@mwlucas largely agree. Have you seen orville? Especially seasons 2 and 3. Especially season 3

@phessler That's all I got then. There is one additional caveat, the redis security is tripped by accessing via remote hosts; I got tripped up by it because freebsd jails make act a bit weird, so it thought local was remote... so if it is a different host its possible host 1 (local) has access and host 2 (remote) does not... but that's all I got ☹️

@phessler new versions of redis require authentication. I just ran into this on my instance. You can disable auth in the config (shame!!) or you can configure it; I don’t remember the steps off of the top of my head, but google 🙂

Hmm... latest mastodon server seems to crash (reliably) amaroq. Guess it is the official iOS app then... it was a good run amaroq! @eurasierboy

yeah.. and sidekiq is working again too 🤦‍♂️ .. self inflicted injury

@cynicalsecurity @kurtm

That was definitely my first impression of kerberos too.. Like 'things need to VOLUNTARILY check this..that isn't security!' And that is true-ish for local things, like emacs isn't going to check this before it opens a file.

What it does for me though is means I can SSH (and not need to manage host keys even!), or GIT, or email, or webpages and NOT need to store my plaintext equivalent password all of those places. Is it overkill for me? almost certainly yes!

@kurtm @cynicalsecurity

Disclosure: I wrote the MIT Kerberos implementation of the RC4-HMAC windows interoperability crypto system... so I am huge fanboi of Kerberos, and MIT Kerberos specifically ;)

@kurtm @cynicalsecurity

Honestly, that felt like a knee-jerk reaction (libressl).. and even more-so with Heimdal. Both of those projects get EXTENSIVE scrutiny by being used so many places and looked at by security researchers and even government agencies.. which yes.. that last group definitely has a complicated history with disclosure.

There's this bit too with keeping the GSSAPI KeyExchange code out of openssh... but at least this is consistent if they yoinked Heimdal.


3. lots of things just expect LDAP for this and natively integrate. Things like redmine, trac, etc (see also account adjacent information). Without LDAP each one of these winds up having its own separate user db that then needs to be managed separately.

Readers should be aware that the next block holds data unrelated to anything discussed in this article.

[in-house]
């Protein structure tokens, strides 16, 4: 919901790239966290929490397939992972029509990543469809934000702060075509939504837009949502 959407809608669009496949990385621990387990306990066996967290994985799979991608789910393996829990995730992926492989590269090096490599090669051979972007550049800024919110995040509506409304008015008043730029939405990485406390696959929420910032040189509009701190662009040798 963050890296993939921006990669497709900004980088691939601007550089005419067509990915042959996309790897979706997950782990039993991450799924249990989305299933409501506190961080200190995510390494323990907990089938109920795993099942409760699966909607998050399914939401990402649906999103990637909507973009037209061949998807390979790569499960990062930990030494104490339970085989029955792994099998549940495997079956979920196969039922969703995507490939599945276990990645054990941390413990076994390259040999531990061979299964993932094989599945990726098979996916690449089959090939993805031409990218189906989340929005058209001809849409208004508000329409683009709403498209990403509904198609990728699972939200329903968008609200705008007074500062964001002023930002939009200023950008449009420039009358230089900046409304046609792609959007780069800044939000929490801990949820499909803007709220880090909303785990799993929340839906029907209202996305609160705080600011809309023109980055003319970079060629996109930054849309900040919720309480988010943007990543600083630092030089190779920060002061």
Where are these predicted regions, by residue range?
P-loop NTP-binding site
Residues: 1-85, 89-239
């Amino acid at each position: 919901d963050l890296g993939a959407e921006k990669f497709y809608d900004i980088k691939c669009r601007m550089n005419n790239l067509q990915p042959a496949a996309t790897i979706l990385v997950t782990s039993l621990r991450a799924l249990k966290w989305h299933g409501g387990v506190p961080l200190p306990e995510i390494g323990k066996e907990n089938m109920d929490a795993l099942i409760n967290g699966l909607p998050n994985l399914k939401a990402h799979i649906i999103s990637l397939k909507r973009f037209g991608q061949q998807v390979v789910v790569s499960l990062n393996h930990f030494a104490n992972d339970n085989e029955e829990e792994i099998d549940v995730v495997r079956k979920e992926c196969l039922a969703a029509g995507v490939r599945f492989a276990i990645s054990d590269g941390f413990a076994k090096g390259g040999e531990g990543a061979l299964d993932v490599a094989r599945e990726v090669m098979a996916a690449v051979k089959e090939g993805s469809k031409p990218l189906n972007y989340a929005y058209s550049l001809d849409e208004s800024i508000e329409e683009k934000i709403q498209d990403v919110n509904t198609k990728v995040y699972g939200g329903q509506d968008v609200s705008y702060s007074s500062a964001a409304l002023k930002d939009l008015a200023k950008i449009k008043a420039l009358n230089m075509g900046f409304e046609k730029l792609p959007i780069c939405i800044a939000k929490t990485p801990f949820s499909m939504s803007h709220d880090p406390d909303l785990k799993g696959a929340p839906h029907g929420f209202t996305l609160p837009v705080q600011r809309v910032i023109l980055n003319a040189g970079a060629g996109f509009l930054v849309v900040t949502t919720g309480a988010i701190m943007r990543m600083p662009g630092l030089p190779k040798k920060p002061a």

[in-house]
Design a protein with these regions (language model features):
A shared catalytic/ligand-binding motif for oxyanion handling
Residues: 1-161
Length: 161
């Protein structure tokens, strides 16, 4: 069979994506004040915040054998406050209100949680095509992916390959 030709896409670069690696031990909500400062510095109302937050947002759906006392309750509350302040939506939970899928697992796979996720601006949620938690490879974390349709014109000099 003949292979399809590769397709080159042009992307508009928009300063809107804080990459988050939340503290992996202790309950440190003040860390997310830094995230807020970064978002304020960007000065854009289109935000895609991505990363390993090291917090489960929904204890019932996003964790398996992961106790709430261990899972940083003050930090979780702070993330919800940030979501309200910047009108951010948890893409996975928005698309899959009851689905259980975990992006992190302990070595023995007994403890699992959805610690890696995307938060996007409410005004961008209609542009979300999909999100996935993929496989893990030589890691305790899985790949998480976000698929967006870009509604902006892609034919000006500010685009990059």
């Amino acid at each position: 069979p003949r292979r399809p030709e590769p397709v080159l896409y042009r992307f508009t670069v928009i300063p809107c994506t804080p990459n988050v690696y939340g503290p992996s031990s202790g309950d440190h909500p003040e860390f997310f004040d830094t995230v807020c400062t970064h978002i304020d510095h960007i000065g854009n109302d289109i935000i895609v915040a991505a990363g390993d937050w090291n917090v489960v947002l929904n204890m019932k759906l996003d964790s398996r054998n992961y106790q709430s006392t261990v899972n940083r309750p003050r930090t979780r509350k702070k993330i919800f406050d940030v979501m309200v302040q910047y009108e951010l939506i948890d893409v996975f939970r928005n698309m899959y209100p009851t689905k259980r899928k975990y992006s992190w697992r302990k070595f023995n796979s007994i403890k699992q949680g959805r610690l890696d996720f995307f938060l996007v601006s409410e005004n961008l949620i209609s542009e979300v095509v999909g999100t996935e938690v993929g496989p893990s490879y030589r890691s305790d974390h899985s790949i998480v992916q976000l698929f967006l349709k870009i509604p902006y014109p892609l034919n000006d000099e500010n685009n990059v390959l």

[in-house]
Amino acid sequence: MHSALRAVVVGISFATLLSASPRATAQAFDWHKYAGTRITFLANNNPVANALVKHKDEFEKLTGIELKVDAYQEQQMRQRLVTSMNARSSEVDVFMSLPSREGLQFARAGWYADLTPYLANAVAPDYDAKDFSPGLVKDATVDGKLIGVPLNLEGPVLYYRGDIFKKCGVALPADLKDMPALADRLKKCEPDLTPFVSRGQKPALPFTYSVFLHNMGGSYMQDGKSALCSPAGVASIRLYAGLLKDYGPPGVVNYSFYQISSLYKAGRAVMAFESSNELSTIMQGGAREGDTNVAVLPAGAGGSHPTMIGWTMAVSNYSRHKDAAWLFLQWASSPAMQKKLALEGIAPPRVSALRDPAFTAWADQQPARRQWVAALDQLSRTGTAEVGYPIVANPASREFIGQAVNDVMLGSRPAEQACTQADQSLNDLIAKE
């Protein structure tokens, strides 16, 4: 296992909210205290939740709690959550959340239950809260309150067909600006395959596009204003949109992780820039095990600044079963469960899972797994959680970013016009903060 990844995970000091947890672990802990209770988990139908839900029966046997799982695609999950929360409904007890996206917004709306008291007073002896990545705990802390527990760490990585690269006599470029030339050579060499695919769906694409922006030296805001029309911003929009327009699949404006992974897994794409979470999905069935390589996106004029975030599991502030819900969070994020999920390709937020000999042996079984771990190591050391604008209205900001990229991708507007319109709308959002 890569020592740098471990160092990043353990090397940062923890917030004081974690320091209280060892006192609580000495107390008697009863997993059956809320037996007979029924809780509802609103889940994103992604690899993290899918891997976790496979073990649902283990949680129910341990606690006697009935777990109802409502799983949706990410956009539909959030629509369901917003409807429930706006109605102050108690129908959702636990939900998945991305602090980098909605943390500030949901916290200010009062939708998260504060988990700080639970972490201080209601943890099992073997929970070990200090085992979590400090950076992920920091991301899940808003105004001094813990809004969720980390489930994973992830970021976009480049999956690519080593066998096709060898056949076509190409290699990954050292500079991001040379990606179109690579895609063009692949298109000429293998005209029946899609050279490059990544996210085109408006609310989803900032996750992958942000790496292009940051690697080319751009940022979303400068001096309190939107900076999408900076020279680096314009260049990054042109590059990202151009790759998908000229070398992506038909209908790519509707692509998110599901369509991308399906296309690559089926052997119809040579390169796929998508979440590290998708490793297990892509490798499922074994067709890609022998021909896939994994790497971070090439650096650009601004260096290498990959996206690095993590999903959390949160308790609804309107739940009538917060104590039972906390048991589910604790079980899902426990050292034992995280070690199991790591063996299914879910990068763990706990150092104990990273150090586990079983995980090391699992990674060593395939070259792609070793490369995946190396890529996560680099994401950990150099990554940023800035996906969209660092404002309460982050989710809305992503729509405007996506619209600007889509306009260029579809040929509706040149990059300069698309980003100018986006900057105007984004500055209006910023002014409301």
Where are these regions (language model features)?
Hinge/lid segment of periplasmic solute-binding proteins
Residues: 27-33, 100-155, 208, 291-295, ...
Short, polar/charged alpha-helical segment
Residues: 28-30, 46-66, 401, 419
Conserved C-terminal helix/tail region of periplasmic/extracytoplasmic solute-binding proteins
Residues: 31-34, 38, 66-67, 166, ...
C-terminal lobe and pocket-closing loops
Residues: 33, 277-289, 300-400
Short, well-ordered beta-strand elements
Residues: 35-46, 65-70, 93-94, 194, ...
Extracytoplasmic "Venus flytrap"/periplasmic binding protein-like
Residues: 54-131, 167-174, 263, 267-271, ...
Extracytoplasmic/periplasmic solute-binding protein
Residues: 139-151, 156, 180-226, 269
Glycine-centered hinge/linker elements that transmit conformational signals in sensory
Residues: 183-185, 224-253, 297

That's it, I promise!


2. There's an ever-growing amount of 'account adjacent' information that needs to be coordinated; I use it for the kerberos keys themselves (so I actually don't have a separate KDC database, the KDC uses LDAP), the KDC then throws a bunch of other information onto the account that it actually cannot even do with its native DB


@cynicalsecurity wow, removed in 5.6, TIL (2014).. listed as improving security; Curious to hear more about that.

LDAP; great question, and yeah to be totally honest it is (at best) an awkward fit with the Unix philosophy. Really it comes down a few things.

1. There really isn't anything else to securely distribute this information.


@cynicalsecurity So I use both Kerberos and LDAP at home, in fact I have 3 separate kerberos domains at home (yes, I know I am not normal). NIS certainly had its elegance in simplicity and LDAP has its issues, but it works pretty well together. I am happy to give pointers and howtos. My setup tends to be a bit BigIron ™️

This is worth sharing.

It's an animated GIF where every frame is a valid QR code that leads to the "Never Gonna Give You Up" rickroll.

That's kind of amazing.


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